Earlier this week, yesterday I guess, the days sort of run together this deep into the week, a Harvard survey lit things up with evidence that young Americans are turning away from Barack Obama and don’t have much interest in Obamacare. Young voters were and remain key to Obama keeping his 51% coalition together. Just 29% of them intend to sign up for Obamacare, a small fraction of the young needed to make the law’s math get even close to working out.
Today there are two more polls showing Obama’s growing weaknesses with two more demographics he desperately needs.
Polling provided to National Journal by the Kaiser Family Foundation shows that white women have soured considerably on the law, especially in the month since its botched rollout. The skepticism runs especially deep among blue-collar women, sometimes known as “waitress moms,” whose deeply pessimistic attitudes toward the Affordable Care Act should riddle Democratic candidates with anxiety.
Certainly, the law’s unpopularity gives Republicans a tool to counter the Democratic claim of a GOP “war on women”—something Republicans failed miserably at in 2012. But more significantly, it demonstrates that Democrats will have to fight just to retain core elements of their constituency. With 2014’s most important campaigns already lying in hostile territory like Alaska, Arkansas, and South Dakota, it’s a battle many of these candidates can ill afford.
Specifically, 40% of white women have a “very unfavorable” view of the law, which is a jump of 10 points over a month ago. We get to half when we add “somewhat unfavorable. Democrats usually do well with white women. Now the gender gap is closing.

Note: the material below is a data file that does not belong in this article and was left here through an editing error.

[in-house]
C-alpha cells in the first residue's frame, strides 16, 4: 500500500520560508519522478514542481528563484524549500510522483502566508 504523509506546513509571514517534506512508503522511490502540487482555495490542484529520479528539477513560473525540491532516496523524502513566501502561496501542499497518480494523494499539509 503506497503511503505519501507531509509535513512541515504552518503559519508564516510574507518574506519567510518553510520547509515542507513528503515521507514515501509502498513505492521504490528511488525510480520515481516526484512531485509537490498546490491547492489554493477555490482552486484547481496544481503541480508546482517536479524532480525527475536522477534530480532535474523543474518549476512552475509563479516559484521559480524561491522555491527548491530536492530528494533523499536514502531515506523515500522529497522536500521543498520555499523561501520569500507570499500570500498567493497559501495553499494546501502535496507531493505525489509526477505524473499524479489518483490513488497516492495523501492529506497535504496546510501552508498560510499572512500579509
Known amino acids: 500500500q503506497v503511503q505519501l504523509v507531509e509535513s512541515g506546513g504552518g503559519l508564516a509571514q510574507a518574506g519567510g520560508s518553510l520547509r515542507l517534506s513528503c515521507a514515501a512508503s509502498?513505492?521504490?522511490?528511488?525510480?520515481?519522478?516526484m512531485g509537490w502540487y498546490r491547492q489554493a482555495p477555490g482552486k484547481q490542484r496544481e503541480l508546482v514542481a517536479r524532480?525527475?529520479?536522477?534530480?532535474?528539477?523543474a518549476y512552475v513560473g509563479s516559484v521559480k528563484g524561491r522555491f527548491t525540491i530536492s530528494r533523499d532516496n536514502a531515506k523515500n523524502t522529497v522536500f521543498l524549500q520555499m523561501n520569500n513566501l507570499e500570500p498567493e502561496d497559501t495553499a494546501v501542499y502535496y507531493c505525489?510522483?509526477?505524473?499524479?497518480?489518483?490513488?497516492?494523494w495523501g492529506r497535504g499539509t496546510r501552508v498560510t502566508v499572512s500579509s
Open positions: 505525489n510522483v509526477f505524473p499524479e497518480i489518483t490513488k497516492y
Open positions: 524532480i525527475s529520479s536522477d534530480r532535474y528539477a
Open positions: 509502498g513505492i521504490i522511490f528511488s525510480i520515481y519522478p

Democrats must have a large slice of the Hispanic vote if they are to remain a viable national party. They can’t compete without taking a big majority of that fast-growing group. But Gallup says that Obama is rapidly losing ground with them, too. His job approval number among Hispanics has fallen 23%, from 75% to 52%, over the last year. Granted, he’s still at a bare majority, but the trend is decidedly against him. It explains why he is swinging so desperately from the Obamacare disaster to trying to ram an immigration bill through Congress. It’s one of the few cards, along with agitating to increase the minimum wage, that he has that might appeal to all three of these constituencies that he is losing. He’s holding a pair of two’s and junk, but it’s the hand he dealt himself, so he’ll play it and try to convince Republicans that he’s holding a full house.
Yeah, far too many Republicans will fall for his bluff.